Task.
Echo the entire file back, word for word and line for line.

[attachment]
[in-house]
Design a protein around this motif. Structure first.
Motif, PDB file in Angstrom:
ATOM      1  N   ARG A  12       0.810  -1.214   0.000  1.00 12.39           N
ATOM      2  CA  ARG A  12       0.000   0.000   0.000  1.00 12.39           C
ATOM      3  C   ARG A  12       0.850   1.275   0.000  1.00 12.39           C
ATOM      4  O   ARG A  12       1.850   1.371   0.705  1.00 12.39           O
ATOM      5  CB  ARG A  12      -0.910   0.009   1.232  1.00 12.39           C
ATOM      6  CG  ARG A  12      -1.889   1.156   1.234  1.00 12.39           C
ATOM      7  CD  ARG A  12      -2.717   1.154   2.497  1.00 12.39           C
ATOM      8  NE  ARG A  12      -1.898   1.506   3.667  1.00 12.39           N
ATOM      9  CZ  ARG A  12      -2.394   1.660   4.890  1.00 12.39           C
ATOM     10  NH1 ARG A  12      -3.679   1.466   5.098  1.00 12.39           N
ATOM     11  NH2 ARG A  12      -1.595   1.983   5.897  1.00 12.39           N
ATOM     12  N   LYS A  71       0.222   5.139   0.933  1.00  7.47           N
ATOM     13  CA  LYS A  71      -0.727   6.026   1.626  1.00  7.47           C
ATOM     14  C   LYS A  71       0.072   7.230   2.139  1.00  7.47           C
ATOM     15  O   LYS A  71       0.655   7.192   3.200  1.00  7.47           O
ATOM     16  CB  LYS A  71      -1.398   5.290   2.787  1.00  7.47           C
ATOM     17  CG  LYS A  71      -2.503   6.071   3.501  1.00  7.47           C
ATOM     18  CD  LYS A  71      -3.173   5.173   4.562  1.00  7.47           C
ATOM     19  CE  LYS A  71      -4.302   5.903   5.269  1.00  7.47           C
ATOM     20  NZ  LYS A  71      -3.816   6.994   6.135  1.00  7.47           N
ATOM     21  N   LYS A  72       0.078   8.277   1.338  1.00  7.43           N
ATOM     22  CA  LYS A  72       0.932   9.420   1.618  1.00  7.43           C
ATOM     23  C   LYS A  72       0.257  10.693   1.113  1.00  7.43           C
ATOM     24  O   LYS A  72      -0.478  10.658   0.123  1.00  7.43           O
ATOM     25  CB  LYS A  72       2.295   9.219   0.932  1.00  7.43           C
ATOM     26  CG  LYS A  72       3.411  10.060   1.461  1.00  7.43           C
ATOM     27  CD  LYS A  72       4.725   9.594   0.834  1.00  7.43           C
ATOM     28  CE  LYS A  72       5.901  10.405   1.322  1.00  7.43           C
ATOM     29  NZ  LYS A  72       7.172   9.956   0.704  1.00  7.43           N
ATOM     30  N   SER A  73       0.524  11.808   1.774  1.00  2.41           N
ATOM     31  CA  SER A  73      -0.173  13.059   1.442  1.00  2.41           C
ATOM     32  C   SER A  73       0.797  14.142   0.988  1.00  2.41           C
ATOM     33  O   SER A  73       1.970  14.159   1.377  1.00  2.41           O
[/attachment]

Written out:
[in-house]
Design a protein around this motif. Structure first.
Motif, PDB file in Angstrom:
ATOM      1  N   ARG A  12       0.810  -1.214   0.000  1.00 12.39           N
ATOM      2  CA  ARG A  12       0.000   0.000   0.000  1.00 12.39           C
ATOM      3  C   ARG A  12       0.850   1.275   0.000  1.00 12.39           C
ATOM      4  O   ARG A  12       1.850   1.371   0.705  1.00 12.39           O
ATOM      5  CB  ARG A  12      -0.910   0.009   1.232  1.00 12.39           C
ATOM      6  CG  ARG A  12      -1.889   1.156   1.234  1.00 12.39           C
ATOM      7  CD  ARG A  12      -2.717   1.154   2.497  1.00 12.39           C
ATOM      8  NE  ARG A  12      -1.898   1.506   3.667  1.00 12.39           N
ATOM      9  CZ  ARG A  12      -2.394   1.660   4.890  1.00 12.39           C
ATOM     10  NH1 ARG A  12      -3.679   1.466   5.098  1.00 12.39           N
ATOM     11  NH2 ARG A  12      -1.595   1.983   5.897  1.00 12.39           N
ATOM     12  N   LYS A  71       0.222   5.139   0.933  1.00  7.47           N
ATOM     13  CA  LYS A  71      -0.727   6.026   1.626  1.00  7.47           C
ATOM     14  C   LYS A  71       0.072   7.230   2.139  1.00  7.47           C
ATOM     15  O   LYS A  71       0.655   7.192   3.200  1.00  7.47           O
ATOM     16  CB  LYS A  71      -1.398   5.290   2.787  1.00  7.47           C
ATOM     17  CG  LYS A  71      -2.503   6.071   3.501  1.00  7.47           C
ATOM     18  CD  LYS A  71      -3.173   5.173   4.562  1.00  7.47           C
ATOM     19  CE  LYS A  71      -4.302   5.903   5.269  1.00  7.47           C
ATOM     20  NZ  LYS A  71      -3.816   6.994   6.135  1.00  7.47           N
ATOM     21  N   LYS A  72       0.078   8.277   1.338  1.00  7.43           N
ATOM     22  CA  LYS A  72       0.932   9.420   1.618  1.00  7.43           C
ATOM     23  C   LYS A  72       0.257  10.693   1.113  1.00  7.43           C
ATOM     24  O   LYS A  72      -0.478  10.658   0.123  1.00  7.43           O
ATOM     25  CB  LYS A  72       2.295   9.219   0.932  1.00  7.43           C
ATOM     26  CG  LYS A  72       3.411  10.060   1.461  1.00  7.43           C
ATOM     27  CD  LYS A  72       4.725   9.594   0.834  1.00  7.43           C
ATOM     28  CE  LYS A  72       5.901  10.405   1.322  1.00  7.43           C
ATOM     29  NZ  LYS A  72       7.172   9.956   0.704  1.00  7.43           N
ATOM     30  N   SER A  73       0.524  11.808   1.774  1.00  2.41           N
ATOM     31  CA  SER A  73      -0.173  13.059   1.442  1.00  2.41           C
ATOM     32  C   SER A  73       0.797  14.142   0.988  1.00  2.41           C
ATOM     33  O   SER A  73       1.970  14.159   1.377  1.00  2.41           O